By Maggie Bell 

The visionary “urban laboratory” known as Arcosanti was founded in Arizona in 1970 by Italian architect Paolo Soleri (1919-2013).  Soleri graduated from the Politecnico di Torino in 1946 with a master’s in architecture, after which he moved to Arizona to study with Frank Lloyd Wright.  In 1950 Soleri returned to Italy to build, among other large-scale projects, the Ceramica Artistica Solimene, a ceramics factory in Vietri.  

During this period Soleri became increasingly interested in urban design, and developed his concept of archology, or architecture coherent with ecology.  He felt that American sprawl was destroying the environment, and in an effort to demonstrate a more efficient urban design he returned to Arizona to found Arcosanti on the outskirts of Phoenix.  The development was planned to house 5000 people in compact and multifunctional spaces that reduced the human impact on the surrounding environment.  The domed structures were made using a slip-casting process Soleri developed while building the ceramics factory in Vietri.  This same process was used to make bells and wind chimes that Soleri designed, and which are still made and sold at Arcosanti today.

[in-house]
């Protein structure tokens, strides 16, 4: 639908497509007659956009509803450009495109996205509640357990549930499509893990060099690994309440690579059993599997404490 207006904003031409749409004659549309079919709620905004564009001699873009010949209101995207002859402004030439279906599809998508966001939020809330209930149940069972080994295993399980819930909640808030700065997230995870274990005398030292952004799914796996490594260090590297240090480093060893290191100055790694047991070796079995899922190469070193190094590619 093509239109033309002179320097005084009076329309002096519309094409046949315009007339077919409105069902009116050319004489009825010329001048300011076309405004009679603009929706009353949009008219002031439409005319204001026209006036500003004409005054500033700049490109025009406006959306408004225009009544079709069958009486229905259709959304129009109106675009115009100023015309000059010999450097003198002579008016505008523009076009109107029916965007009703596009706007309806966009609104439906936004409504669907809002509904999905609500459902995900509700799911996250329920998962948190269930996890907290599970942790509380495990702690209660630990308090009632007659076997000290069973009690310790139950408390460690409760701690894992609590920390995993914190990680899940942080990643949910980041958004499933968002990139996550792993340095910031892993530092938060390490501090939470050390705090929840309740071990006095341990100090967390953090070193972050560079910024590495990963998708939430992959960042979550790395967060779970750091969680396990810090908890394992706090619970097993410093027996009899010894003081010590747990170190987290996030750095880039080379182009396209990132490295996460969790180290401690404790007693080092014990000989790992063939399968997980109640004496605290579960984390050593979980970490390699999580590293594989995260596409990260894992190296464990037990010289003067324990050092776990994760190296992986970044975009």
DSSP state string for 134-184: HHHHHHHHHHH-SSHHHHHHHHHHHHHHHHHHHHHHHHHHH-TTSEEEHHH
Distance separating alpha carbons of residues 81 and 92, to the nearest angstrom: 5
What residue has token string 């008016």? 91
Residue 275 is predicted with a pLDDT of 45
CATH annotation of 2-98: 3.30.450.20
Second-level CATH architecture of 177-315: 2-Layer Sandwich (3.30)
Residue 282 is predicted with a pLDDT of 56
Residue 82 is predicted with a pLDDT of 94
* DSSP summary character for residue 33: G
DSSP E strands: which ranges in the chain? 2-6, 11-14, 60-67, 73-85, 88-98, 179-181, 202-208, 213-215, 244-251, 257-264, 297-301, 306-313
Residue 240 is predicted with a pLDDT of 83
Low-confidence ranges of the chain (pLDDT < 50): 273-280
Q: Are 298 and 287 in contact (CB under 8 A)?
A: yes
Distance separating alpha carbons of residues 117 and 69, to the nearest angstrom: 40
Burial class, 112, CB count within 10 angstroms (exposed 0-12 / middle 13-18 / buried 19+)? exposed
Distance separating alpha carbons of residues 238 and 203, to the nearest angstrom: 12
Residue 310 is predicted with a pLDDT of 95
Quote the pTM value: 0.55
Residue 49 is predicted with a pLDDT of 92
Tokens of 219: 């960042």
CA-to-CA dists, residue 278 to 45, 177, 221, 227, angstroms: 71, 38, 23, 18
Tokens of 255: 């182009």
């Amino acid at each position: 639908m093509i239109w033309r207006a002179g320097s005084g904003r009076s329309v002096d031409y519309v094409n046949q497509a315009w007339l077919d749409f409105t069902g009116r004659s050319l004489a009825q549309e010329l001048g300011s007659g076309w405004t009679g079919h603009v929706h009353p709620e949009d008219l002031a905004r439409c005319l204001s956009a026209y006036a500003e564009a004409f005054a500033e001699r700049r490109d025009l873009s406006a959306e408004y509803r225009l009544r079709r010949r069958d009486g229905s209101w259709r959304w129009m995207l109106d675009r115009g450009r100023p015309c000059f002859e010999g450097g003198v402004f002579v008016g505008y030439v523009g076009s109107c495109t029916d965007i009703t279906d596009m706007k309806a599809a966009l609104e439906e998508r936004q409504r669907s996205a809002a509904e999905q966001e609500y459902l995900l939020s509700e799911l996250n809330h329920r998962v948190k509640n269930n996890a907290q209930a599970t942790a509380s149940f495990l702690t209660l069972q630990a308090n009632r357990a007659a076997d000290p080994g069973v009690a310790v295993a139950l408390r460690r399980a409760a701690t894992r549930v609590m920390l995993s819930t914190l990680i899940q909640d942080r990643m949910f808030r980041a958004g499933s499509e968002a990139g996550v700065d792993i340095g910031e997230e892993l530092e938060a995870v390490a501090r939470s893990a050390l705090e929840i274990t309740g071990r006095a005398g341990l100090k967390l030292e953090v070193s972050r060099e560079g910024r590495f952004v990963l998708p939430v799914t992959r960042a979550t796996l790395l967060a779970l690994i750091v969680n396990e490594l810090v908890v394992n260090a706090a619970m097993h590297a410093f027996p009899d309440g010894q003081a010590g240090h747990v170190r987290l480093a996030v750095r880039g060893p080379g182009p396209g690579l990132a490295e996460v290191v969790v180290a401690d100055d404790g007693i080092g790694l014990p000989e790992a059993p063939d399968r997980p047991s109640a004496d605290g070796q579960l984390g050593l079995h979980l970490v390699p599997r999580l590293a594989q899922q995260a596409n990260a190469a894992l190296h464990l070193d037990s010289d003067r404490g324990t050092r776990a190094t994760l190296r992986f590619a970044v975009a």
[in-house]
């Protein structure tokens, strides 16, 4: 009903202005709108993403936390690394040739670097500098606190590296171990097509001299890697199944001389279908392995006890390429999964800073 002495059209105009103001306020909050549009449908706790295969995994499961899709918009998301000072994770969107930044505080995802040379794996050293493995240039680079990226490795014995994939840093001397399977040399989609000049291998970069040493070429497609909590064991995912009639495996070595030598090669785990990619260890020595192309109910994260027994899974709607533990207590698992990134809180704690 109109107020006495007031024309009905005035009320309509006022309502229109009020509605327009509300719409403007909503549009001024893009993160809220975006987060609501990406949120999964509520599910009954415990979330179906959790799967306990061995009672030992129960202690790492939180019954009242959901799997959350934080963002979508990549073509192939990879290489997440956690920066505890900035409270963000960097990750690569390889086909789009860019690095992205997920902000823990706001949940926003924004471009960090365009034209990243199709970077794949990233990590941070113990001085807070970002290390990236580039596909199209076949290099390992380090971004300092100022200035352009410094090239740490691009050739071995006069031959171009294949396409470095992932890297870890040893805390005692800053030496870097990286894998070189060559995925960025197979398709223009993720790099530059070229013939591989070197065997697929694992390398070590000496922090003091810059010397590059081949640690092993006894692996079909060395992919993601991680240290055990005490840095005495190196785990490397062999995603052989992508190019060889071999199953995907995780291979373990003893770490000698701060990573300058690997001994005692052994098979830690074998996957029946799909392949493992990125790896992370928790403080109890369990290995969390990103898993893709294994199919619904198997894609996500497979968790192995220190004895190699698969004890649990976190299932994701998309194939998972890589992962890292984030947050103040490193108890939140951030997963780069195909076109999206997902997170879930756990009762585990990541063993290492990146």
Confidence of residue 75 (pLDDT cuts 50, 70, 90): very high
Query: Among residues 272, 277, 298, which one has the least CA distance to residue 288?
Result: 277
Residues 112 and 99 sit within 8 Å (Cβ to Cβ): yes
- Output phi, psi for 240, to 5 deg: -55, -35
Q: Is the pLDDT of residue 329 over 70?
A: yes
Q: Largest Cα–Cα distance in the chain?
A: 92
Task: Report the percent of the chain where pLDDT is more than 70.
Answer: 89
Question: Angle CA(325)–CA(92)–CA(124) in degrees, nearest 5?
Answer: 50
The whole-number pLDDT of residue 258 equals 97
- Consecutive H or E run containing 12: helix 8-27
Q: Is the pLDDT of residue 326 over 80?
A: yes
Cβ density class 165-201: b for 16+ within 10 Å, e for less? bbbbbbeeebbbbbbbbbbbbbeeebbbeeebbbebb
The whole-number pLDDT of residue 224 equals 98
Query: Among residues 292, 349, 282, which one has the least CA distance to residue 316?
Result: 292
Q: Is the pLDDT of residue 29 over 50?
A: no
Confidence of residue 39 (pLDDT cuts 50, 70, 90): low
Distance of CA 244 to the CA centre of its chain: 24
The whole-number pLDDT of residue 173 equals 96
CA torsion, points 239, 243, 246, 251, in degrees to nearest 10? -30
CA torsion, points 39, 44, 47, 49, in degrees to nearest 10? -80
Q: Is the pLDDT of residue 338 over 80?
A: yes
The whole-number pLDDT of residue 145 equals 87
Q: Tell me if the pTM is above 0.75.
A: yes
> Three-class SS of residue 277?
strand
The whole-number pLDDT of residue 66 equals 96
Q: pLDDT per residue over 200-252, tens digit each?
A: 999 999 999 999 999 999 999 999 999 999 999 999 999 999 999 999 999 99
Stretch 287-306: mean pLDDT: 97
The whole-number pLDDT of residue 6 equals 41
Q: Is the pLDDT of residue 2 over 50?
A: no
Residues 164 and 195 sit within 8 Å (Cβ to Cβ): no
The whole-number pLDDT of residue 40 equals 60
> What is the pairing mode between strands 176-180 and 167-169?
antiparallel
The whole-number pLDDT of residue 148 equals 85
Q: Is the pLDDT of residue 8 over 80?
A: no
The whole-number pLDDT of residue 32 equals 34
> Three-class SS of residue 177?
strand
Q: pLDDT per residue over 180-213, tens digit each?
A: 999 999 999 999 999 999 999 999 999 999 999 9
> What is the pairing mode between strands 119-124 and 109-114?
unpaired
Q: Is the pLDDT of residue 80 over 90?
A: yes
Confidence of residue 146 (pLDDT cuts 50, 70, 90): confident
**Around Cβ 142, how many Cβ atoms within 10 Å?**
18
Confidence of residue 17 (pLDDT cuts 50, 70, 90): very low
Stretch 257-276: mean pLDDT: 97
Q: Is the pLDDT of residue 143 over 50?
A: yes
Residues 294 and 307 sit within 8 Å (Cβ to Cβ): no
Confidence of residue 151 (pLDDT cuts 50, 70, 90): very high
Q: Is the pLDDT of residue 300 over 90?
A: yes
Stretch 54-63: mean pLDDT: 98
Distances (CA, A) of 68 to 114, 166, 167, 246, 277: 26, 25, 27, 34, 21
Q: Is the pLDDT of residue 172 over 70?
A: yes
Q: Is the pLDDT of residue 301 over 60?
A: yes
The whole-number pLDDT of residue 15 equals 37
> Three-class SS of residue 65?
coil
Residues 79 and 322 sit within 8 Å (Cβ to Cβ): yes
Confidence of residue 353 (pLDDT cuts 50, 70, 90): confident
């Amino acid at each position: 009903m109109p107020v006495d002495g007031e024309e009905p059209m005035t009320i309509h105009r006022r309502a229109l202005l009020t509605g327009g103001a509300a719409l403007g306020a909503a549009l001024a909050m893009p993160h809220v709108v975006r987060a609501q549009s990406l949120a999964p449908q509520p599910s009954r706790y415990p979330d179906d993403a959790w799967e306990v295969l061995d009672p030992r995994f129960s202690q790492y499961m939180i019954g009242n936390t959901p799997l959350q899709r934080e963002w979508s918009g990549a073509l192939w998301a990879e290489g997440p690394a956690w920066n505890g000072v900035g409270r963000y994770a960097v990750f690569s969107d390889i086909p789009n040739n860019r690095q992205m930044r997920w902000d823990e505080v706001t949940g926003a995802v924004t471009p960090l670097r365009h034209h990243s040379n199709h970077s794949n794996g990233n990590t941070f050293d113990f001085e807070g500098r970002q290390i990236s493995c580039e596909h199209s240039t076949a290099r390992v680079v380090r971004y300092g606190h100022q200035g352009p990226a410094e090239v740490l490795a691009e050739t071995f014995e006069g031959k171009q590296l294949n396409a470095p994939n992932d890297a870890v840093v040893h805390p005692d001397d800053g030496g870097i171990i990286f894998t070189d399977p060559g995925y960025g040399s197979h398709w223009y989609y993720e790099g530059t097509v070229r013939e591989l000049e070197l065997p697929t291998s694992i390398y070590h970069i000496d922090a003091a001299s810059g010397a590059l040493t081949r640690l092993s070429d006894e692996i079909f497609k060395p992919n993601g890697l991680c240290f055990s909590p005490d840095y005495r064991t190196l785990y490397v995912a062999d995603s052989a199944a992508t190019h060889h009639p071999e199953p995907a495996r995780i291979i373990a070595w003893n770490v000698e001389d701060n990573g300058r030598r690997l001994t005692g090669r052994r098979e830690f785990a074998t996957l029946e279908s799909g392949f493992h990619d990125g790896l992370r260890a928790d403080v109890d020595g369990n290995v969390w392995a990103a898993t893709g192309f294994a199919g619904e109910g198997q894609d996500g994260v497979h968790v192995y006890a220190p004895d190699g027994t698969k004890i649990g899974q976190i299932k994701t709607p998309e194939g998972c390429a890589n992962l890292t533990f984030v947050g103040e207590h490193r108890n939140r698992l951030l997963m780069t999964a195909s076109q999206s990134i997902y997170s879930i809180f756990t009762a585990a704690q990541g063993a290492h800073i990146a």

Drawing on his experience with Wright, Soleri created an internship program that has provided the primary labor force since 1970. Currently the site houses between 50 and 150 volunteers who stay for varying lengths of time and continue to work on construction projects and bell-making.  While this is a much smaller permanent population than Soleri originally intended, Arcosanti sees thousands of visitors each year, who can receive guided tours of the site or eat with the volunteers in the communal kitchen. 

Further Reading

Soleri, Paolo, and John Strohmeier. 2001. The urban ideal: conversations with Paolo Soleri. Berkeley, Calif: Berkeley Hills Books.

Soleri, Paolo. 1973. The bridge between matter & spirit is matter becoming spirit; the arcology of Paolo Soleri. Garden City, N.Y.: Anchor Books.

Soleri, Paolo. 1993. Arcosanti: an urban laboratory? Scottsdale, AZ: Cosanti Press.

Glenn, Jerome C. 1979. Linking the future: Findhorn, Auroville, Arcosanti. Cambridge, Mass: Hexiad Project, Center on Technology and Society.

View of Arcosanti, Yavapai County, Arizona, 2017

The Arcosanti Vaults, Yavapai County Arizona, 2017

The Arcosanti Welcome Sign, Yavapai County Arizona, 2017

Photograph of architect Paolo Soleri at Arcosanti, Architect Magazine, April 9, 2013

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